It was a prophecy that came true after their first and second No. 1 U.S. hits of 1964, "Where Did Our Love Go" and "Baby Love," also topped the charts in the United Kingdom, a nice salvo to the "British Invasion," the Beatles. (The Queen Mother met them following a concert in 1968.)
Ten more No. 1 hits followed in the next five years after 1964, making the Supremes the third biggest record selling act of the decade (trailing only Elvis Presley and The Beatles).
Until, that is, group founder Florence Ballard fell prey to drink, Berry Gordy changed the group's name to Diana Ross and the Supremes, and the group dynamic tragically fell apart - an emotional earthquake so seismic it would inspire two quasi-fictionalized film and stage accounts: "Sparkle" (recently remade) and "Dreamgirls."
First and foremost, the Supremes seemed built for nationwide exposure on "The Ed Sullivan Show," an old-fashioned (even in its prime) variety show where the trio appeared a staggering 17 times in their core configuration - Ballard, Mary Wilson and Ross.
On "Sullivan," the ladies might be sandwiched between the "button-down mind" of comedian Bob Newhart and a trained dog or seal act, or maybe a tony opera diva like Rise Stevens. Most entertainers dressed to the nines to go on this prime time Sunday night show on CBS - then called the "Tiffany" network.
It really was a big deal.
Sullivan's audience often constituted half of all TV viewers (there were just three channels to chose from then) and was as diverse as America itself. So that included a big chunk of the prejudiced white populace that still frowned on mixing of the races as entertainment on radio or TV.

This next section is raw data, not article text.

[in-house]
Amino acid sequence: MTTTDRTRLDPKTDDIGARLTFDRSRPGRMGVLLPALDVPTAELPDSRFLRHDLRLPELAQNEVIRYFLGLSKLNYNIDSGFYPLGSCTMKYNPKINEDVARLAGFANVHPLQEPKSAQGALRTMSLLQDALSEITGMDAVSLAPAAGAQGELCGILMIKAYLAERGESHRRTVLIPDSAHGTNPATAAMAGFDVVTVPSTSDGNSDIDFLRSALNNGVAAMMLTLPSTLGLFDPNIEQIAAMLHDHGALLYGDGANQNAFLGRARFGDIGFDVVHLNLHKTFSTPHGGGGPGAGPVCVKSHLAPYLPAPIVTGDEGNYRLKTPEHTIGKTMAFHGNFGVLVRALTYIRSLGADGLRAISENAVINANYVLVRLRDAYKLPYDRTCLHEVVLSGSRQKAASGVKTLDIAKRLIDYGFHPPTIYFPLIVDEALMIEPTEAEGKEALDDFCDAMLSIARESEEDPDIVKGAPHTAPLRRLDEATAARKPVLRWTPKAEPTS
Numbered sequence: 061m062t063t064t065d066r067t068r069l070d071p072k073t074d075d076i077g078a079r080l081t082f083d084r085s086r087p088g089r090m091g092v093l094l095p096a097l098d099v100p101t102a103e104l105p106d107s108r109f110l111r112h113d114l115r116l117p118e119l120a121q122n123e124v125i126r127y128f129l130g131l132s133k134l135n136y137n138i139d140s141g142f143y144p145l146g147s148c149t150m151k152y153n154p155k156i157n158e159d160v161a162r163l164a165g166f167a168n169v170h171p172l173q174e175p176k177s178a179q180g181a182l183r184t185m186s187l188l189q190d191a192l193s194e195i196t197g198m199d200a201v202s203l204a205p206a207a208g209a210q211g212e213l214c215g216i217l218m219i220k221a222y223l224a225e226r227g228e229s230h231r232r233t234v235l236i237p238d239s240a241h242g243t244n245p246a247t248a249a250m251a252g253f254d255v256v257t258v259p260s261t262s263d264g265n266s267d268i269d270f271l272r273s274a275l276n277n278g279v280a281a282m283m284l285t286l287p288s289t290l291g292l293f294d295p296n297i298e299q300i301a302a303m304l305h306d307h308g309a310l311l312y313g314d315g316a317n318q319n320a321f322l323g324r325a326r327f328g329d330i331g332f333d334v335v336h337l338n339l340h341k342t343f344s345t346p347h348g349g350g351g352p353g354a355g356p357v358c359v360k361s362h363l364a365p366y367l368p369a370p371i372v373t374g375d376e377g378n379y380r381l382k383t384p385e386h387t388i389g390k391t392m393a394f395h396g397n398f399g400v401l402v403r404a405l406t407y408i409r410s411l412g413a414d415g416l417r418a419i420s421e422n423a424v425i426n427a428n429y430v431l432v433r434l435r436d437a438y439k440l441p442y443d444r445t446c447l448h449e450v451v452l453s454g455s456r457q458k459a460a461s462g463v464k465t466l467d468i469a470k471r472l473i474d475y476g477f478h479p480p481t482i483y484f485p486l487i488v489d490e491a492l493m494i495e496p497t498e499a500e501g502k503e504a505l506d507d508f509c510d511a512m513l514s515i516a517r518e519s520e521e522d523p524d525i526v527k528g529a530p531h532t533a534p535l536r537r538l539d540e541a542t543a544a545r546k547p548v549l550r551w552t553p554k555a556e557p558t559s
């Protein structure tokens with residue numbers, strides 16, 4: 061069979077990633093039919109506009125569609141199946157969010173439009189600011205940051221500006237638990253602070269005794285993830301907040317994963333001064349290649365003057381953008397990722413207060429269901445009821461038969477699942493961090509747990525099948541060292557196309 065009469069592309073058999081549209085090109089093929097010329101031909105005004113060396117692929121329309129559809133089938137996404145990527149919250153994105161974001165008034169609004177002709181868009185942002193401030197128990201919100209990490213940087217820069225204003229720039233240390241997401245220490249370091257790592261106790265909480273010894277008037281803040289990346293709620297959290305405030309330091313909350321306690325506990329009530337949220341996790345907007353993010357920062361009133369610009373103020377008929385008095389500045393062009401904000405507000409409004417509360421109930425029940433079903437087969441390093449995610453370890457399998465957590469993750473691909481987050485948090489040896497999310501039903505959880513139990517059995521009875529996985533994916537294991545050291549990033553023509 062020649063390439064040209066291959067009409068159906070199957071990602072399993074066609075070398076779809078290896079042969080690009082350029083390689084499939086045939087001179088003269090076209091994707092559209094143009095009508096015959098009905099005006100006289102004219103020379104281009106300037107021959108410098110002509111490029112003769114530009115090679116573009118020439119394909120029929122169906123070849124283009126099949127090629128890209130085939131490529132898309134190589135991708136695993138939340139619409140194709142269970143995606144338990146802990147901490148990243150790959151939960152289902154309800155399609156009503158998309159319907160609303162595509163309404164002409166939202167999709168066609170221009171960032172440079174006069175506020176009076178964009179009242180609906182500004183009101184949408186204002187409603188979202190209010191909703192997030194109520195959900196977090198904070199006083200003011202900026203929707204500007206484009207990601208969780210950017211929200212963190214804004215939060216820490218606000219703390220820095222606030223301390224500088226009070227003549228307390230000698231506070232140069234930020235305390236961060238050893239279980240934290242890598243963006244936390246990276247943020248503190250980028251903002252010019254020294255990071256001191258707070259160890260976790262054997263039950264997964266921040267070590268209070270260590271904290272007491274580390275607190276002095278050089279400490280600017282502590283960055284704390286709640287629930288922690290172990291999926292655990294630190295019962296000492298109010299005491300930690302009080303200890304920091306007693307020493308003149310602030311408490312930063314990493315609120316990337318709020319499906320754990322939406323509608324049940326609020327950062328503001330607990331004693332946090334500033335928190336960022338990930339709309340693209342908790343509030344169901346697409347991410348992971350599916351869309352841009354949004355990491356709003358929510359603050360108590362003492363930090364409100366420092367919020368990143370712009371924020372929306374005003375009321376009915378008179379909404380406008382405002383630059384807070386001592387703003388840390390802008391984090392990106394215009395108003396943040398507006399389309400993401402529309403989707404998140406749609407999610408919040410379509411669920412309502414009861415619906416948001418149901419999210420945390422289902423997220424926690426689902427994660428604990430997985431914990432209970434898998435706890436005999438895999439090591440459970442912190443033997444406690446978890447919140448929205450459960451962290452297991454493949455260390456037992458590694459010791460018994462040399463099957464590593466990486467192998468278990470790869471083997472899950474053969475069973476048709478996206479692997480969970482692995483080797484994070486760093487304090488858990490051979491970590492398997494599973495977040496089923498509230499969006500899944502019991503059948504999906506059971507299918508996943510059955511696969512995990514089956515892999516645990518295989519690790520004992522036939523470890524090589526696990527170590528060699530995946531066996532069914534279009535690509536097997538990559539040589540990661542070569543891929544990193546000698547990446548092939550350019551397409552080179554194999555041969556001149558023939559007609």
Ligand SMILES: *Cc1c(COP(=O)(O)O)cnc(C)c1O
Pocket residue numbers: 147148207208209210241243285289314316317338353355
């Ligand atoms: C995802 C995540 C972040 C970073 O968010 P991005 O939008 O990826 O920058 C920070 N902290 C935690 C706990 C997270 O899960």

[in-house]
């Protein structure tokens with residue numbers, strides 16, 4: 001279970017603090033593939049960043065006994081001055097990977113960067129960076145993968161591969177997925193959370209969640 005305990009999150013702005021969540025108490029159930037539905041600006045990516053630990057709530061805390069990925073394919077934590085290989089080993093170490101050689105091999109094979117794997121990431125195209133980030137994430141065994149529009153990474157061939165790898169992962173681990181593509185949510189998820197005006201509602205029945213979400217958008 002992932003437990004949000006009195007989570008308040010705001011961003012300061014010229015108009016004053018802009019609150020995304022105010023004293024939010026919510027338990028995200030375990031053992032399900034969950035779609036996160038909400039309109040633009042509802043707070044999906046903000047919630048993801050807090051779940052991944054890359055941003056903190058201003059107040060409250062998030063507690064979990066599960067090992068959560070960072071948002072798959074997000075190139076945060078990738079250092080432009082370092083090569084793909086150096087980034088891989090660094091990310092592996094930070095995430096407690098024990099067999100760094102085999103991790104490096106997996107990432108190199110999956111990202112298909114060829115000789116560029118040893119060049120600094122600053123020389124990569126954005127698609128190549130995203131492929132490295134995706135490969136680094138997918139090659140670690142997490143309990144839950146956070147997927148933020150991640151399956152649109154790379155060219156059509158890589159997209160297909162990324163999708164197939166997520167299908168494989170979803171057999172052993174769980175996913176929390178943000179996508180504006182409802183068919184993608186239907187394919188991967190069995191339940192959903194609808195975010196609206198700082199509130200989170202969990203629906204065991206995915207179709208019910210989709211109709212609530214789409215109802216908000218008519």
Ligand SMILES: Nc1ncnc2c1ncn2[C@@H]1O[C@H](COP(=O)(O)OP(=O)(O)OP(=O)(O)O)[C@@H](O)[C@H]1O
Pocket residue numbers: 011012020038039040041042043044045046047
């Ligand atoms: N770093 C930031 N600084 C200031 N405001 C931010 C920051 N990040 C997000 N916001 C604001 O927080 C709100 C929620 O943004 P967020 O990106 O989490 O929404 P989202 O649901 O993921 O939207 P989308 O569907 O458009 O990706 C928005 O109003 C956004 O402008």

But who could be offended by this Supremely sophisticated trio offering demure, love-conquers-all fairy tales like "Stop! In the Name of Love," "Back in My Arms Again" and "I Hear A Symphony," and looking all ladylike in gowns, opera gloves and bouffant hair styles?
Even in Motown's hometown, Detroit News arts critic Arnold S. Hirsch found it, um, remarkable that the Supremes "don't scream or wail incoherently. An adult can understand nine out of ten words they sing. And, most astounding, melody can clearly be detected in every song."
Motown founder Berry Gordy has gladly claimed credit for cultivating Motown's broad appeal and its significance in fostering integration during the civil rights era.
But Supremes founding member Mary Wilson (who actually brought high school classmate Ross into the fold) suggested recently the Supremes' look, at least, was in large part their own design.
"I do think that music, not just Motown music, all music, was definitely influential in bringing the faces of black America to the world . . . I remember there was a time when you couldn't have black faces on album covers," she said in an interview with the Daily News recently.
"I love Berry, and I think Berry gave us a platform to have great careers, all of us. But I don't think it was all his doing . . . Berry did have the idea of 'let's introduce our music to everyone.' . . . Before that it was just gospel and R&B for Afro-Americans.
"In the case of with the Supremes, we came to Motown in a certain way. Most of us grew up looking at Lena Horne, who was very beautiful, and Dorothy Dandridge, who was very beautiful, and Josephine Baker. And so we grew up with this thought of beauty. Our mothers, our aunts, all dressed up . . . If you went to a black church, you would think you were at a fashion show. We grew up in that environment. We were always like, you know, the glamorous girls."